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Minting, Burning and Blacklisting Your XRC-20 Tokens in XDC Network

Learn how to mint burn and blacklist your token

A token is a type of cryptocurrency representing an asset that can be used for payment or investment purposes.

You probably have experience dealing with tokens in real life. Remember the last time you went to carnivals? Before you could play a game, you probably had to change your money into tokens to use at the various stalls:

The stalls at the carnivals would only accept tokens as a form of payment — strictly no cash for them.

In the blockchain world, a token is similar to those you use in carnivals. First, you use fiat currency to change into a cryptocurrency like XDC. Then, you use XDC to change it into a token. The token can then be used as payments for smart contracts running on the XinFin blockchain:

Make sense? In this article, I will walk you through the steps to create your own tokens on the XinFin blockchain. Some programming is required, but it should be manageable if you have some programming background. At the end of this article, you should have a much clearer idea of what tokens are and how to transact with them.

Difference between a coin and a token

Most of the time, it is easy to assume that a token is the same as a coin, but their differences are subtle. Here are some easy criteria to differentiate between a coin and a token:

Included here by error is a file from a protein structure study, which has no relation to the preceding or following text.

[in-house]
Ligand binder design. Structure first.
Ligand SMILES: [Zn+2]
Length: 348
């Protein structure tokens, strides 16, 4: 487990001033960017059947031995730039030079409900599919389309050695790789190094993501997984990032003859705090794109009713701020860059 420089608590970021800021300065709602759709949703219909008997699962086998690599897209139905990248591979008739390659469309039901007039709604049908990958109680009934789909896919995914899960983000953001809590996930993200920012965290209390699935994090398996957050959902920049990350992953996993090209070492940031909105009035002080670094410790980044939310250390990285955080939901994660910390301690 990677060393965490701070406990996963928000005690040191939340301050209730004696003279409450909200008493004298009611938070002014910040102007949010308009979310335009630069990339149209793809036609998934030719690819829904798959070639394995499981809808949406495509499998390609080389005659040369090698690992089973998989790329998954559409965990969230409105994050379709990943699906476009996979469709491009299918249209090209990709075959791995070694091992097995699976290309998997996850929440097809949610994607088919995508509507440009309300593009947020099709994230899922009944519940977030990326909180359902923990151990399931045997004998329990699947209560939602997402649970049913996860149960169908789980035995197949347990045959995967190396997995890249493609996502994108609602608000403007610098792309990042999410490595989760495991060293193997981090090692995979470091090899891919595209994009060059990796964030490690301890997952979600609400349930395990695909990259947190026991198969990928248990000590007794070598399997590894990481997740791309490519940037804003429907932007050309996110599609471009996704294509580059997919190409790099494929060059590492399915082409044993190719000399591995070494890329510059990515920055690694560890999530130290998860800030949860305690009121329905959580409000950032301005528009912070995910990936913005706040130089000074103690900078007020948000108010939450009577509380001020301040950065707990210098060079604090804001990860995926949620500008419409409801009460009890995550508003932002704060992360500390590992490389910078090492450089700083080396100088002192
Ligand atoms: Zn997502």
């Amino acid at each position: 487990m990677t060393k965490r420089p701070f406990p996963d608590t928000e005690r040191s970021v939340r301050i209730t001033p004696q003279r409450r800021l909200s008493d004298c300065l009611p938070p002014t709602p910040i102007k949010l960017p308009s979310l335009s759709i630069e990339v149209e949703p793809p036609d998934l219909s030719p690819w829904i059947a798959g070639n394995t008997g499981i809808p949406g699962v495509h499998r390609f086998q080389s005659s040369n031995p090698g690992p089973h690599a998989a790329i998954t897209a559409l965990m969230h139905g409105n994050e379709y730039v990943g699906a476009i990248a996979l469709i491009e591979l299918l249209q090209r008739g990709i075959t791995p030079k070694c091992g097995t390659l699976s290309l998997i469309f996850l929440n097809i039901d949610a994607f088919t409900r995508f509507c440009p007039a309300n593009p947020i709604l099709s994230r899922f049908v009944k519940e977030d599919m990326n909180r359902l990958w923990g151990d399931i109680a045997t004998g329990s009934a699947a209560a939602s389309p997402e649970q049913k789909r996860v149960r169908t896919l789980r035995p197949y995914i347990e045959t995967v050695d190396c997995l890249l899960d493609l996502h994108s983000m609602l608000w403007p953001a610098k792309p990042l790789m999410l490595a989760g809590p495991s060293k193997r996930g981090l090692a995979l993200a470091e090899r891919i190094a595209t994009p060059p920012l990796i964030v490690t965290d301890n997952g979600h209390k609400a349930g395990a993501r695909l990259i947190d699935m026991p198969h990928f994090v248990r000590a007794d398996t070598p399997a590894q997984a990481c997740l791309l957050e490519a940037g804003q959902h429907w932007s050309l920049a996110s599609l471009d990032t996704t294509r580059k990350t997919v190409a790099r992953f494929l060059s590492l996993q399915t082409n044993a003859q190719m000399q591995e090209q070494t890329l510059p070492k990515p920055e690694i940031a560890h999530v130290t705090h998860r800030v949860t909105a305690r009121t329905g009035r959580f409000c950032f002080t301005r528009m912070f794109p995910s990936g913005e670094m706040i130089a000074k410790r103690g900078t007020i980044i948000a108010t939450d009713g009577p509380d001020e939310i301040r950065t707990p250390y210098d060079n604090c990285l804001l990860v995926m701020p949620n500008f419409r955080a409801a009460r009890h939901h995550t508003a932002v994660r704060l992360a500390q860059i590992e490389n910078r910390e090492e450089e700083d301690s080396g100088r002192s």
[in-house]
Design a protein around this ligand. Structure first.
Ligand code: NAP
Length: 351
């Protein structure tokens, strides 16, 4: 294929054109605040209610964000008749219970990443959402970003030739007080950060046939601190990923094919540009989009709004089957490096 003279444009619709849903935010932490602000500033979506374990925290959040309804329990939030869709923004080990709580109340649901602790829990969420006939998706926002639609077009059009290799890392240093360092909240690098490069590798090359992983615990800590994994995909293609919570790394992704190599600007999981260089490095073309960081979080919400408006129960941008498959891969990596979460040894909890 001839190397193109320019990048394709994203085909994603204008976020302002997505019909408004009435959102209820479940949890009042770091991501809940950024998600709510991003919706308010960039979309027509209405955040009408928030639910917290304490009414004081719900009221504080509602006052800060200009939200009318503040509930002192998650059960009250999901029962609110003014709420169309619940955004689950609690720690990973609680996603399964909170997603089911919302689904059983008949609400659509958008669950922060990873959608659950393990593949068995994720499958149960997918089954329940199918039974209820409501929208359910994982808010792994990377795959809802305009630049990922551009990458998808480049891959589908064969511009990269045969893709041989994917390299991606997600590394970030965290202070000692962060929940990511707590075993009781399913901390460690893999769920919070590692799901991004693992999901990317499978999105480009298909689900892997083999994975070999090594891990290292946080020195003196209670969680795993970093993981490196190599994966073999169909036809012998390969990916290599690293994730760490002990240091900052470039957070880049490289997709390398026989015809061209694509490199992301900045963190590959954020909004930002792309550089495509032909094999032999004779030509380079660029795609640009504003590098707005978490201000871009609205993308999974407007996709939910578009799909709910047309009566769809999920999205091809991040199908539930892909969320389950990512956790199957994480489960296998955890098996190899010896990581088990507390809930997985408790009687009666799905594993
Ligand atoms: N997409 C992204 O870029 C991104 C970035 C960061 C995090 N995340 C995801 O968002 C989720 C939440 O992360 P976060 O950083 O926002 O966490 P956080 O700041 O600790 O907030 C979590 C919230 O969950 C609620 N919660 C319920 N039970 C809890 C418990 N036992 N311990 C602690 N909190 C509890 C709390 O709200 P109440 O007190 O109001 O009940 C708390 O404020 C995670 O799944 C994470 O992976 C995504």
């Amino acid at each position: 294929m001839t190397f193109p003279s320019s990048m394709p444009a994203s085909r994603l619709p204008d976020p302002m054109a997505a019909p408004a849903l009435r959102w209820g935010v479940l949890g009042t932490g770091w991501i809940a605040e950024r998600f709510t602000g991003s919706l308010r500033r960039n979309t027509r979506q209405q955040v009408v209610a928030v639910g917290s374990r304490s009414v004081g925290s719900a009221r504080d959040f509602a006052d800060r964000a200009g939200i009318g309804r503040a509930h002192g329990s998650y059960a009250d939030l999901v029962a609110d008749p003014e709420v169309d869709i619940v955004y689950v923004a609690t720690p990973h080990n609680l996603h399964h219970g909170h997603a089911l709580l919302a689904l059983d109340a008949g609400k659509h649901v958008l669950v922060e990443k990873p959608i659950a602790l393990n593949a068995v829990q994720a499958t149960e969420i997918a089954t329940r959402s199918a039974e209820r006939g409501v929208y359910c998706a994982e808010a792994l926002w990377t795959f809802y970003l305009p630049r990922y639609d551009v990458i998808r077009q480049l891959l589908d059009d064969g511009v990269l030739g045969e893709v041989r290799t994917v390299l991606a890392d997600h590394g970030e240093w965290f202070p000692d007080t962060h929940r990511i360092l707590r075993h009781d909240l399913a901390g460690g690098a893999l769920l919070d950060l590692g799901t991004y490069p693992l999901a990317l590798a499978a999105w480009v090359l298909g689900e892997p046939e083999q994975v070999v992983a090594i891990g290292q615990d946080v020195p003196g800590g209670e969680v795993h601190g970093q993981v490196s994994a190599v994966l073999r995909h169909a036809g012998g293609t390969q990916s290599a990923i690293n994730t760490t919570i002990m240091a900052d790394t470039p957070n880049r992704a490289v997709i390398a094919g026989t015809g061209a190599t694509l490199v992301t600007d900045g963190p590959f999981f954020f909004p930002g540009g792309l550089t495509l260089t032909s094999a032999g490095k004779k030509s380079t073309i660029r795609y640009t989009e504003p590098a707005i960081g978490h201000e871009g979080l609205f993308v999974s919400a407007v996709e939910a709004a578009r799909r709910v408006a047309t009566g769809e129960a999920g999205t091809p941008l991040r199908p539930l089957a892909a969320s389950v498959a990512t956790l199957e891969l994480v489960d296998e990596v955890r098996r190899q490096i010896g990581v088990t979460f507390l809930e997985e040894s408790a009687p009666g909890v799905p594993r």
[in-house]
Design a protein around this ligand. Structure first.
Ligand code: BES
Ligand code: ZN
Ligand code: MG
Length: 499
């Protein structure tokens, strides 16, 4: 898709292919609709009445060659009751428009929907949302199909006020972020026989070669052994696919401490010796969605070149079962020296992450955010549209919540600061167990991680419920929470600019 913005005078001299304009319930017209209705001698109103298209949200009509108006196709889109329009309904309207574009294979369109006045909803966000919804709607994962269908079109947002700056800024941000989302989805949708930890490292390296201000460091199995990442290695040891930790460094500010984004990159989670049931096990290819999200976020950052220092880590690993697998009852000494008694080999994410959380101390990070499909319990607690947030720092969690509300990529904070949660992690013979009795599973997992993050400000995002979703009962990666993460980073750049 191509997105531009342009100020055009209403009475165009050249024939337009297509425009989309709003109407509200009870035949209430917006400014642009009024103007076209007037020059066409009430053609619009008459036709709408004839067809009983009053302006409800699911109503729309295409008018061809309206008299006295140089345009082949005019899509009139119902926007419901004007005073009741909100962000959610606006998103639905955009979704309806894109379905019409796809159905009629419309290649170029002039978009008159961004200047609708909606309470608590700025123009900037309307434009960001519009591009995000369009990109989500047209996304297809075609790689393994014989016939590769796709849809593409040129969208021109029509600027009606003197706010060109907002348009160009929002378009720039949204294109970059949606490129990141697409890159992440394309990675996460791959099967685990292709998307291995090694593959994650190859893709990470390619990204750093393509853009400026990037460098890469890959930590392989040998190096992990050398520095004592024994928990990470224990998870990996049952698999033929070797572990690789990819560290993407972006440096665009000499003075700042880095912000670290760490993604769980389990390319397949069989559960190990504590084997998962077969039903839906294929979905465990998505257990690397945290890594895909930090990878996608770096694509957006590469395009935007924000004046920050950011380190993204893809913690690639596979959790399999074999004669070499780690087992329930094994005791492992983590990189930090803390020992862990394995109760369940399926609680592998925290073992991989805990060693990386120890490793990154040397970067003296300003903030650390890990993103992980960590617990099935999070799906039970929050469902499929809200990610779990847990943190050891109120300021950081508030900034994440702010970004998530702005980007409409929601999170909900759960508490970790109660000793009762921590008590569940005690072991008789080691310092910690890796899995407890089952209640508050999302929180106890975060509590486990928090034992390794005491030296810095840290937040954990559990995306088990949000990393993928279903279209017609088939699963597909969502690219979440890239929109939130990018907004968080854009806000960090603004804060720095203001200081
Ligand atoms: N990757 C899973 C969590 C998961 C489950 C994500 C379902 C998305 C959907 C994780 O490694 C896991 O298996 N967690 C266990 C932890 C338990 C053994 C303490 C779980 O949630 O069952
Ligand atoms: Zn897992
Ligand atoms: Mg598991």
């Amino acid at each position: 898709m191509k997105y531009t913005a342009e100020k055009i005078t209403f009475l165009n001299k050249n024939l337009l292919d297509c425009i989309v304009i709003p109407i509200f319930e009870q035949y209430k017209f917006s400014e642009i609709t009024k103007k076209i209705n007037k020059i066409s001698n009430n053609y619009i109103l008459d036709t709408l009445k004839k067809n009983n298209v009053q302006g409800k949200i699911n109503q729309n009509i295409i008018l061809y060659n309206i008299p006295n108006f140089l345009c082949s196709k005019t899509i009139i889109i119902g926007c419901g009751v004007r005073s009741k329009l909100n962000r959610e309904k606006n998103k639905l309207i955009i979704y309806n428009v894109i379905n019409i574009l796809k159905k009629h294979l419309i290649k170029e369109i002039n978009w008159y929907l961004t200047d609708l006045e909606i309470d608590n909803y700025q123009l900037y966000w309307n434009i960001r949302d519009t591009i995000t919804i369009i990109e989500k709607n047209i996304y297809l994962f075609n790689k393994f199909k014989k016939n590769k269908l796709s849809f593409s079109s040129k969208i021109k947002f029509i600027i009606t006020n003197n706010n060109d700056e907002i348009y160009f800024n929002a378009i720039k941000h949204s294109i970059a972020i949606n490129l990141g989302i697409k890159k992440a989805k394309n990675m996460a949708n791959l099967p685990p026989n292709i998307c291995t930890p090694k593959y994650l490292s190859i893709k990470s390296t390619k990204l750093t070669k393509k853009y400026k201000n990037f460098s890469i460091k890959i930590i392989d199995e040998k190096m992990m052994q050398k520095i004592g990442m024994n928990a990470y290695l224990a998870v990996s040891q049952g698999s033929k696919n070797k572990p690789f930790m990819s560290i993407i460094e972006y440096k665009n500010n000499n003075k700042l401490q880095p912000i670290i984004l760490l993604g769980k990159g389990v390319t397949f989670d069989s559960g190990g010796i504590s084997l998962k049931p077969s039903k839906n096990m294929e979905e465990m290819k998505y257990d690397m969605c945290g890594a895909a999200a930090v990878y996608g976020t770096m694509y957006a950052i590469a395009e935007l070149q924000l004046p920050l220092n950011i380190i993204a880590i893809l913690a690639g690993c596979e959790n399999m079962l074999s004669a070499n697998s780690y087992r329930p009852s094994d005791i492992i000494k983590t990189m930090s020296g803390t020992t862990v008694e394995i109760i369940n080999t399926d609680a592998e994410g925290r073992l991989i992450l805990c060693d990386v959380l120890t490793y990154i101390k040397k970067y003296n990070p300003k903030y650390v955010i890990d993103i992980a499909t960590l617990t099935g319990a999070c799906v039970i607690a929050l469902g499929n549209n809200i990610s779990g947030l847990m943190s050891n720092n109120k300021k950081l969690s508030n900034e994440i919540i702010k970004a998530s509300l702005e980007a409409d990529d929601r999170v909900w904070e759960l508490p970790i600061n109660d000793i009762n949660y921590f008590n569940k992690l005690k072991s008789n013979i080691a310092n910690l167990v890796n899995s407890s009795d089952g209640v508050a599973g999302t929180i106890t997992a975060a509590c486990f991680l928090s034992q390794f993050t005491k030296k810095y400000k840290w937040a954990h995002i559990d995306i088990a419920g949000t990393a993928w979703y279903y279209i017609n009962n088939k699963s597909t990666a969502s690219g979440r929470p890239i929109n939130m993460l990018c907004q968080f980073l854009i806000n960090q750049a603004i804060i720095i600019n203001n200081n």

• A coin operates on its own blockchain. By this definition, it is easy to point out that examples of coins are ETher and XDC. A coin also acts like money, where it can replace fiat currencies for payment purposes. Finally, a coin can be mined on the blockchain.

  • On the other hand, a token does not have its own blockchain. Instead, it runs on an existing blockchain, such as the XDC network. A token usually uses a smart contract to maintain records of who owns what. Unlike coins generally accepted for various services on the Blockchain, tokens are much more restrictive in their uses, and specific tokens are only accepted for specific services (think of the carnivals example).

  • A coin is essentially a digital version of money, while a token can represent more than just money; it may represent assets or deeds.

  • You can buy tokens with coins, but not the other way round.

Token Contract

Tokens are created using smart contracts in XDC Network. A token smart contract is essentially a smart contract that contains a map of account addresses and their balances: